Realtor says she's seen little impact on Sherman Park listings

People are still moving in from the suburbs
Posted at 6:33 PM, Aug 26, 2016
When the now-infamous BP gas station at the hub intersection of Sherman and Burleigh in Sherman Park burned, it could have sent shock waves through the local real estate market.
Shar Borg, a local real estate agent who has handled many Sherman Park listings, has seen little short term impact on the Sherman Park real estate market. 
“I’ve moved a lot of families in from surrounding suburbs,” she said cheerfully as she stood in front of her own Sherman Park bungalow. “From Germantown, Menomonee Falls, Mequon into Sherman Park."
Borg allows that the incidents that unfolded in her neighborhood on August 13 were scary, but is unabashed in her belief that Sherman Park is surging. She bases that on what recent Sherman Park buyers tell her. 
“They all say the same thing,” she said emphatically. “They have met more people in the first week in Sherman Park than they met in twenty years in Mequon, for example.” 
Charonne Ganiere could well be such an example. She and her family, including five kids, moved into Sherman Park from Germantown one day before the violence. The moving truck had been gone less than 24
hours before the heart of Sherman Park seemingly erupted. 
We asked her what ran through her mind when she realized what was happening just blocks away from her new home. 
“A little bit of knowing that we’re signing up for a different lifestyle here than we had in the suburbs,” she said with a smile as she sat on her front steps with two of her youngest children. “Not quite expecting that level of intensity and most certainly some concern.”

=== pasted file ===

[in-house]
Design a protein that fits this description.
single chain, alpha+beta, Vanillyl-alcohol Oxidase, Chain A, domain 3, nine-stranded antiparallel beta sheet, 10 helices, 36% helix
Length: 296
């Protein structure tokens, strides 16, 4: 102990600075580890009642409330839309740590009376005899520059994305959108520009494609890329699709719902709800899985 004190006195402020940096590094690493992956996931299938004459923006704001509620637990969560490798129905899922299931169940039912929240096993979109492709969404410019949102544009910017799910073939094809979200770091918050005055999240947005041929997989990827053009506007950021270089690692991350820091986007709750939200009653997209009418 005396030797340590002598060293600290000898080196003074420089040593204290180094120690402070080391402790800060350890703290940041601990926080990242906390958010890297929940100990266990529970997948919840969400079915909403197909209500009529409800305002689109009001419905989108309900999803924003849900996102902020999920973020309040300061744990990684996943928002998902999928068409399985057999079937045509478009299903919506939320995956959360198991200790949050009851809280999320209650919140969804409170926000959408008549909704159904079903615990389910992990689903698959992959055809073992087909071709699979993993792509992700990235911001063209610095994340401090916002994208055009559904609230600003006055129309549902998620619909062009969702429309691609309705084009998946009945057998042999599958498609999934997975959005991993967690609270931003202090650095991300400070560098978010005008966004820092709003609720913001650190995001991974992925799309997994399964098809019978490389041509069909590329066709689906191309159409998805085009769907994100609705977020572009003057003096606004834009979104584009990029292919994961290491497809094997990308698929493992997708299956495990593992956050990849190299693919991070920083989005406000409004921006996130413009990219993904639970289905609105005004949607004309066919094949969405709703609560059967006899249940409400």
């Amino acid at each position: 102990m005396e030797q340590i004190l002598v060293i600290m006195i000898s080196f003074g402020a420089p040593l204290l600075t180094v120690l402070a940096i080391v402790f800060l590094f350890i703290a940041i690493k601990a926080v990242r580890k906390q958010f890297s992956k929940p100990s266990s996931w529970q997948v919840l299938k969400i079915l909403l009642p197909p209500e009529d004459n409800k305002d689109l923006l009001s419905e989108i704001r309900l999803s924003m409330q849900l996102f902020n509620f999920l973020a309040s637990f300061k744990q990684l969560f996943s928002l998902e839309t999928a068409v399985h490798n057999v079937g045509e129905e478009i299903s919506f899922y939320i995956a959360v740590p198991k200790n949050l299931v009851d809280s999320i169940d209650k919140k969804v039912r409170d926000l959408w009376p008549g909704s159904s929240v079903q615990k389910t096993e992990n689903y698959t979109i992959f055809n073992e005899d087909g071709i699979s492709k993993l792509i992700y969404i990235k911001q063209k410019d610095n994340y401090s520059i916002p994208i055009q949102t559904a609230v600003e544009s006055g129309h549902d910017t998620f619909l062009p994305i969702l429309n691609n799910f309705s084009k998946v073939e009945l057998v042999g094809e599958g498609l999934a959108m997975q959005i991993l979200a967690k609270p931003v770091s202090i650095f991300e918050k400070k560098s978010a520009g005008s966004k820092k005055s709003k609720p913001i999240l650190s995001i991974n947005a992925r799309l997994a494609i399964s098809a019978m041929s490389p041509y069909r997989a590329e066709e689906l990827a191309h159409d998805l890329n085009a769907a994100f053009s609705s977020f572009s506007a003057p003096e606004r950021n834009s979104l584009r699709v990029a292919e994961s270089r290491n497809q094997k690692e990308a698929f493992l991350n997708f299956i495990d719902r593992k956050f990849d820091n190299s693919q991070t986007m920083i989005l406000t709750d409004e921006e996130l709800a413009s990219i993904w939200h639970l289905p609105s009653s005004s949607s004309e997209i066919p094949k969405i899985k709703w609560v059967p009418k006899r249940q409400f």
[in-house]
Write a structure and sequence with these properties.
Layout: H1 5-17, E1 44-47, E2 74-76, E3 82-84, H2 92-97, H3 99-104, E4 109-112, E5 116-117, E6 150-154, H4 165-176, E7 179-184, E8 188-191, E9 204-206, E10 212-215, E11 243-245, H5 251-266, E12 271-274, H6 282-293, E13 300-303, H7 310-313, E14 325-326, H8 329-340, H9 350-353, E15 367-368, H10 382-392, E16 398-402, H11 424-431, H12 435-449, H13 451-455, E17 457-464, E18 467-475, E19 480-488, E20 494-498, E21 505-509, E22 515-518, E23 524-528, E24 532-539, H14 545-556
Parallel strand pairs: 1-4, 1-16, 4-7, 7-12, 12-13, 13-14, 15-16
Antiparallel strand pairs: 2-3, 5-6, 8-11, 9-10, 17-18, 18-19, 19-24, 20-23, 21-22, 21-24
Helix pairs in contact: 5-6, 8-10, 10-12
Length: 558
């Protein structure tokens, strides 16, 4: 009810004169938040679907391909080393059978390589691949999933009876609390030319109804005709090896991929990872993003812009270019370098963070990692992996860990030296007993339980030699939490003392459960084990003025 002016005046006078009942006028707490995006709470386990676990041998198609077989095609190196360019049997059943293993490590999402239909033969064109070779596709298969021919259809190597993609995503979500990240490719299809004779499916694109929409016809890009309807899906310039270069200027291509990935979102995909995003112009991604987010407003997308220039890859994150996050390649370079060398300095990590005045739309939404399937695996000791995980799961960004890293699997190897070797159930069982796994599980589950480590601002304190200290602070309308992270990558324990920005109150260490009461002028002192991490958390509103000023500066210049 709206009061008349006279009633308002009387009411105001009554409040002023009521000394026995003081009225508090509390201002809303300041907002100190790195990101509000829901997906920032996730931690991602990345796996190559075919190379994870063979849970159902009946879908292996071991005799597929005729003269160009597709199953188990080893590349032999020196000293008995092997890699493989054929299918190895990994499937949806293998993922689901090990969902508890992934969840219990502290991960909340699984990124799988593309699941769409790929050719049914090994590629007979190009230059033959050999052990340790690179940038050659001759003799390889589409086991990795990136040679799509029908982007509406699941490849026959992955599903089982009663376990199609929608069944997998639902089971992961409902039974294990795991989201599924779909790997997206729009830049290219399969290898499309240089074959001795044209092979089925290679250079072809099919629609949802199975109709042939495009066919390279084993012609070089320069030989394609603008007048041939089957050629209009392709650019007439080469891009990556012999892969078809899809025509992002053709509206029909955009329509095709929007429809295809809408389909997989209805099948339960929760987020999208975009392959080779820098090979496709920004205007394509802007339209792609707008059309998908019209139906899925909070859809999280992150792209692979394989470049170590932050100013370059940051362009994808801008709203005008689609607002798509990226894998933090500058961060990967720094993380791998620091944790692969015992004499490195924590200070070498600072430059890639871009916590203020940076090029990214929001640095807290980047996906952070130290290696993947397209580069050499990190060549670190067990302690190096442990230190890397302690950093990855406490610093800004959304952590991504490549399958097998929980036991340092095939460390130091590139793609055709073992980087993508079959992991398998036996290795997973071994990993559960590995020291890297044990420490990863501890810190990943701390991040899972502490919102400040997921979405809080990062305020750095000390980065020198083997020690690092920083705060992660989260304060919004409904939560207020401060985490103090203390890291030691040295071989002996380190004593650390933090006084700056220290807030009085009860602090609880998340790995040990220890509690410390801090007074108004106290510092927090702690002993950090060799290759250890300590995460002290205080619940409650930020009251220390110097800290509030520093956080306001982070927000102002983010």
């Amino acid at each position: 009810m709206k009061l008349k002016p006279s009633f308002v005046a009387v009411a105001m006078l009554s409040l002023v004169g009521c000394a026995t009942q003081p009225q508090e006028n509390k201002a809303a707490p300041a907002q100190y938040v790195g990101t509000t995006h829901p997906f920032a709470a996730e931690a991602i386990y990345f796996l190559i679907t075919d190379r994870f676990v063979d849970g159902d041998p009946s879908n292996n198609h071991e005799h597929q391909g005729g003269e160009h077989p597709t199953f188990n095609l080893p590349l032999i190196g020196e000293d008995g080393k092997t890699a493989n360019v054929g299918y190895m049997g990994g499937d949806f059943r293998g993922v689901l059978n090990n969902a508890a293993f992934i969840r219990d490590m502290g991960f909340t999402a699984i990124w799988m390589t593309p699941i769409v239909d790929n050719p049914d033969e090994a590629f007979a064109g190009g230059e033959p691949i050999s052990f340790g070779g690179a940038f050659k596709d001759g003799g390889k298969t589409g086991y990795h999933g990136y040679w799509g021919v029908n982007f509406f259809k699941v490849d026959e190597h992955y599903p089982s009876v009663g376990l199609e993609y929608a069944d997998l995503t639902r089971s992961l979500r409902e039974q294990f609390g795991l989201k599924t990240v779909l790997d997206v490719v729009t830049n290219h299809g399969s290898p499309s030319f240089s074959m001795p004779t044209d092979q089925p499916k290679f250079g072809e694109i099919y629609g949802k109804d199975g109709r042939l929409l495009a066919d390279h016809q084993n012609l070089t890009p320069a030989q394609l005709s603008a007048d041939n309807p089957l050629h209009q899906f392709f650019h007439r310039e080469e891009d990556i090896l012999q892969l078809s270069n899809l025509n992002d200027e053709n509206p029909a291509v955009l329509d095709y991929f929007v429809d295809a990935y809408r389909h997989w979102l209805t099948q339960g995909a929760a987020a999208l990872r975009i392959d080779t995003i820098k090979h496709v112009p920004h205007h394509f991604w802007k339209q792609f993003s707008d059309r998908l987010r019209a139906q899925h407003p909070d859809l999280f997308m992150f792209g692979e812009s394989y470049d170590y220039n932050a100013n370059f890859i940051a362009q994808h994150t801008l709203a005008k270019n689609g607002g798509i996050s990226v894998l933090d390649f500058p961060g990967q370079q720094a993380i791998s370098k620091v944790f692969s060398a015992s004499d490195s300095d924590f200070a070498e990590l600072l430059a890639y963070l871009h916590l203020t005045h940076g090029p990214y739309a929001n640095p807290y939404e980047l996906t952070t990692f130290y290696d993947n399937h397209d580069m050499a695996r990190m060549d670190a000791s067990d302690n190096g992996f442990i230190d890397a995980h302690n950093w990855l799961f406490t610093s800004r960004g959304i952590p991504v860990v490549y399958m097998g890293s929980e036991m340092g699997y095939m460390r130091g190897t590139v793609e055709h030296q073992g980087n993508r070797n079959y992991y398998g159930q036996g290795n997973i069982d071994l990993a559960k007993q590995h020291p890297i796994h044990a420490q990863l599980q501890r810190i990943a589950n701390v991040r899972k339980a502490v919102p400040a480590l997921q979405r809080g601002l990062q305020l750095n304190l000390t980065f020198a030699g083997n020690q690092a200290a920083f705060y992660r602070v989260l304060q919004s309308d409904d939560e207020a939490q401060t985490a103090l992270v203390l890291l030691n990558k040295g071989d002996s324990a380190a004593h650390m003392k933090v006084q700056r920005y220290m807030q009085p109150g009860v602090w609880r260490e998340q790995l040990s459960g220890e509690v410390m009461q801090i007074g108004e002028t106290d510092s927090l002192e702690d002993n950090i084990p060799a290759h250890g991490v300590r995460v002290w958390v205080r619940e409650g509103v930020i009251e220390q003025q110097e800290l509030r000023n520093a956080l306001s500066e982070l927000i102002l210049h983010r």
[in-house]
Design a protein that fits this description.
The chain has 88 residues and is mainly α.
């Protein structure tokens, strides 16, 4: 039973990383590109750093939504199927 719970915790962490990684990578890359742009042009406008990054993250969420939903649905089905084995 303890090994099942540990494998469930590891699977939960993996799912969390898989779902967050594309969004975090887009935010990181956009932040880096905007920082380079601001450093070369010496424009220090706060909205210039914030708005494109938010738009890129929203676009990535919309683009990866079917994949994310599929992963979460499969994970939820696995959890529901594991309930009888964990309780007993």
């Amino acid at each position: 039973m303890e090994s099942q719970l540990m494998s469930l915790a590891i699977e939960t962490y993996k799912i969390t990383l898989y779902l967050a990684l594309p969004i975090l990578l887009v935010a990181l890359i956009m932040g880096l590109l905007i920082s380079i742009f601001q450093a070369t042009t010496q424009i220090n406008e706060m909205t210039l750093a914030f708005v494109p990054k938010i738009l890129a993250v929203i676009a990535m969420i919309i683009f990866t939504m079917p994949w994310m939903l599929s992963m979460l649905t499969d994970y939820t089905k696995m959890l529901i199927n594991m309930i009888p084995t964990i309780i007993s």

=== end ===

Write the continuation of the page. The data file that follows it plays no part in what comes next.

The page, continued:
This young mother of a family as diverse as the neighborhood in which she’s chosen to live, though, is very clear about the fact that she and her husband have no regrets. 
“In the days that followed, we saw so much love from the community, so much love from our neighbors, so much involvement at the park,” she said with a wide smile. “It actually ended up leaving us more encouraged than we were when we first got here!” 
If there are any lingering doubts about the life-changing decision she and her family made, they fade when she reflects on her first visit to Sherman Park and what she felt. 
“People from all different walks of life,” she said. “Nobody was concerned about your social economic status, the color of your skin, it was just this beautiful community of people doing life together and we wanted to be a part of that.” 
To visit the block shared by Ganiere and Borg is to hear that phrase “doing life together” repeatedly. Both Borg and and Ganiere say their families are intentional about doing life together in Sherman Park. 

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